This section provides an overview of what postgraduate specialty training involves. Further information about the individual specialties available, including general practice, can be found on the NHS Medical Careers website.
Postgraduate medical training in the UK is delivered using an agreed curriculum for each specialty that sets the standards against which competencies will be assessed. There is a clear career structure with explicit paths to follow.
The modern curriculum aims to improve patient care by streamlining postgraduate medical training and help meet the changing needs of the NHS.
Since August 2007, Senior House Officer (SHO) and Specialist Registrar (SpR) grades have combined to form the new Specialty Registrar grade (StR). Depending on your chosen specialty, you will enter either run-through specialty training, beginning directly after your foundation years, or core training - usually in medicine or surgery - which typically runs for two years, after which time and subject to satisfactory progress, you will need to apply to continue your specialty or GP training through higher specialty training programmes.
For the latest information on training programmes, person specifications and how to apply, please visit the Medical Specialty Training website.
Specialty and GP training programmes will normally be delivered by training schools overseen by local postgraduate deans. Most programmes will initially be broad based and become specialty focused over time. For example, you might start with core medical training, with the opportunity to explore career choices and receive informed career guidance, and then move on to, say, cardiology or gastroenterology.
Specialty training programmes vary in length and are tailored to the needs of the specialty. The medical royal colleges have produced national curricula for each training programme to meet the standards required by the General Medical Council (GMC), which has taken on the functions formerly overseen by the Postgraduate Medical Education and Training Board (PMETB). These curricula will state the competences you'll gain by following the programme, providing explicit standards and guidance for assessment.
When you have successfully completed your specialty training programme, you'll receive a Certificate of Completion of Training (CCT) which will make you eligible for entry to the GMC's Specialist Register or GP Register. For more information on the award of a CCT, visit the GMC website.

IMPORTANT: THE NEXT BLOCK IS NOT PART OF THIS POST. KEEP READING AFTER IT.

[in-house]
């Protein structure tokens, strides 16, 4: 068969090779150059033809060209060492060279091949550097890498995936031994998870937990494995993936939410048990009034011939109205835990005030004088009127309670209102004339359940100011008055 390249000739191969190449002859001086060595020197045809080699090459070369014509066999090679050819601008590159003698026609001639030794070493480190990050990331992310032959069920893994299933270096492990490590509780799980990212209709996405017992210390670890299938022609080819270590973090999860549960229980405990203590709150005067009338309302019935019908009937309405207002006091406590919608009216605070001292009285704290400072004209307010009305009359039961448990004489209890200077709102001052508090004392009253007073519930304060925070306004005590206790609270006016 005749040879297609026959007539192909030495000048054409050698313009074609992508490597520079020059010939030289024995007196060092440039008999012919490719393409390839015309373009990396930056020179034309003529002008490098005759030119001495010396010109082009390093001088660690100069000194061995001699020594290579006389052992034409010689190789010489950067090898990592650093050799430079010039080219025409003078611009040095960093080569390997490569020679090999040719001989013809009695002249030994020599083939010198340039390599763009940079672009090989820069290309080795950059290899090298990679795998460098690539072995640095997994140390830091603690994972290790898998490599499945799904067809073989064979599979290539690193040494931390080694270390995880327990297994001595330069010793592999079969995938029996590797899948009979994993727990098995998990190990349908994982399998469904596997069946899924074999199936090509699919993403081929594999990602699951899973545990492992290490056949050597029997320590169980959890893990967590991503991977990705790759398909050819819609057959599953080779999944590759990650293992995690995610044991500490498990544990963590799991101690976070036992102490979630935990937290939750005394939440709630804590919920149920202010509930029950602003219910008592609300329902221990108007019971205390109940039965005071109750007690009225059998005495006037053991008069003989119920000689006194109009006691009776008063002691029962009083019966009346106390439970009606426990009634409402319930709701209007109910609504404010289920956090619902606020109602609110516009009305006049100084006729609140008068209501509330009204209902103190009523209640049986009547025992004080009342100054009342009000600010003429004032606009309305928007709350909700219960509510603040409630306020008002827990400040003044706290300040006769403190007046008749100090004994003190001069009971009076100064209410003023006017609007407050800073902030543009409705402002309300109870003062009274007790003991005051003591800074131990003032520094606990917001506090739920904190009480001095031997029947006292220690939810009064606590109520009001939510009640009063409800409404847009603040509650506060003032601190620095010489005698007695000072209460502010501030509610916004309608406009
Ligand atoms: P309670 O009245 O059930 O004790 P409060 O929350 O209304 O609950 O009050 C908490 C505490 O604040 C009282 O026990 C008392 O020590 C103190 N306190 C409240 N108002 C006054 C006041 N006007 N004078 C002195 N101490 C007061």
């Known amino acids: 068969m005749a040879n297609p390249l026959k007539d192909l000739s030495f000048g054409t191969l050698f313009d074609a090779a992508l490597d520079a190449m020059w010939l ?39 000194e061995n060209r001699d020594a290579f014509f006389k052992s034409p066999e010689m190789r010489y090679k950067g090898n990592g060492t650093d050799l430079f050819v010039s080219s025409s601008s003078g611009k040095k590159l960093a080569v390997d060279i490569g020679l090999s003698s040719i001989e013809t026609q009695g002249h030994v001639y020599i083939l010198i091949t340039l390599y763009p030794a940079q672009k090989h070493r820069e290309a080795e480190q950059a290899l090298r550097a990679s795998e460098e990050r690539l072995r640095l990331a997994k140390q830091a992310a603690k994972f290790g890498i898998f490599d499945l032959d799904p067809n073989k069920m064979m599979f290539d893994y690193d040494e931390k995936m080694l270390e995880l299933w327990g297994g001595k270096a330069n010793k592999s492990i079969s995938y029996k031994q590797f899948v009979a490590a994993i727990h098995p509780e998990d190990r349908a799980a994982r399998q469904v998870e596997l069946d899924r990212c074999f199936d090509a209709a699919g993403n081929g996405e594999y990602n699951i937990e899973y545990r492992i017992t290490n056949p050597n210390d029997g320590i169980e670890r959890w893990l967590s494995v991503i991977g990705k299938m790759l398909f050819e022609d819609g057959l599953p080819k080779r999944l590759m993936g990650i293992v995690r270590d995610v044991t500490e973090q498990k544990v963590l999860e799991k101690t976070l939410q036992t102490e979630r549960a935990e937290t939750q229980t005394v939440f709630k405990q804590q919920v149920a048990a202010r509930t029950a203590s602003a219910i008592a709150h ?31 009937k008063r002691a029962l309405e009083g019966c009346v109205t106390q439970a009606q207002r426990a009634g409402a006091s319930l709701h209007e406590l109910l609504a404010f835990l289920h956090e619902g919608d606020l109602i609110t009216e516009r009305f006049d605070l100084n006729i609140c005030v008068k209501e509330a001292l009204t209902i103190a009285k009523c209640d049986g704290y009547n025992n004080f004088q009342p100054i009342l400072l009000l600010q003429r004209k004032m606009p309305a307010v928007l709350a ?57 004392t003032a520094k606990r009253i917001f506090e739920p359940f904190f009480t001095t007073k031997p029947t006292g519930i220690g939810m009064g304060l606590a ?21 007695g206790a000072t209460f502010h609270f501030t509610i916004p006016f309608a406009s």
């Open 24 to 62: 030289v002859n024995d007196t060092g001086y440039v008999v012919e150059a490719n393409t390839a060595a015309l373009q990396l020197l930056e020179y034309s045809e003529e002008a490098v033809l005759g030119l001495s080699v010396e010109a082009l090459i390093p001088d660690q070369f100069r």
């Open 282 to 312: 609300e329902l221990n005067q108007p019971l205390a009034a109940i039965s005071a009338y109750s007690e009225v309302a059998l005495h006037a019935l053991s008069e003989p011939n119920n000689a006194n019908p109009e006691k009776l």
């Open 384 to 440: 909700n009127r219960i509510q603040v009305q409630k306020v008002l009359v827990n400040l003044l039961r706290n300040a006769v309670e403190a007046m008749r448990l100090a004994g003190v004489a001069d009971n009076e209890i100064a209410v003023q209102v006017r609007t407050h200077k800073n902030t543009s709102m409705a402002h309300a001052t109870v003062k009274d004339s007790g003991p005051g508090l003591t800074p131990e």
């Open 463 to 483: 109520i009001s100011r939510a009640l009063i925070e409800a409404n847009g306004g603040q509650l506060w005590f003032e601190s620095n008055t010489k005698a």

You will need to apply for postgraduate medical training programmes in the UK with the deanery or college overseeing recruitment to your chosen specialty. For further information on how to apply, and for up to date information relating to competition ratios and future prospects in each specialty, visit either NHS Medical Careers or Medical Specialty Training websites.
You will compete for places on specialty training programmes with other doctors at similar levels of experience and competence. Career entry points, person specifications and eligibility requirements are updated and published each year, and the application and selection period normally runs from early December to March.
The role of a doctor has developed significantly in recent years. Now you'll find far greater emphasis on teamwork, alongside other healthcare professionals such as midwives, scientists and therapists. There is also a move away from hospital based medicine towards increased opportunities for working in the community, such as through general practice.
When you choose your specialty you'll need to think realistically about your personal aptitude for the particularly specialty alongside future career prospects. Your first choice of specialty may not always hold the best prospects for you, bearing in mind how and where you will train, together with the specific needs of the NHS and the levels of competition to enter the various specialties.
New techniques and treatments are making medicine ever-more challenging so the move towards joint decision-making and improved communication throughout your training programme is vital for you and for your patients.
Tailored medical specialty training programmes aim to ensure that the standards of postgraduate medical training are explicit; that doctors in postgraduate medical training reach these standards and in so doing, meet the expectations of patients and the changing demands of the NHS. You will be part of a workforce specifically suited to the requirements of the modern health service.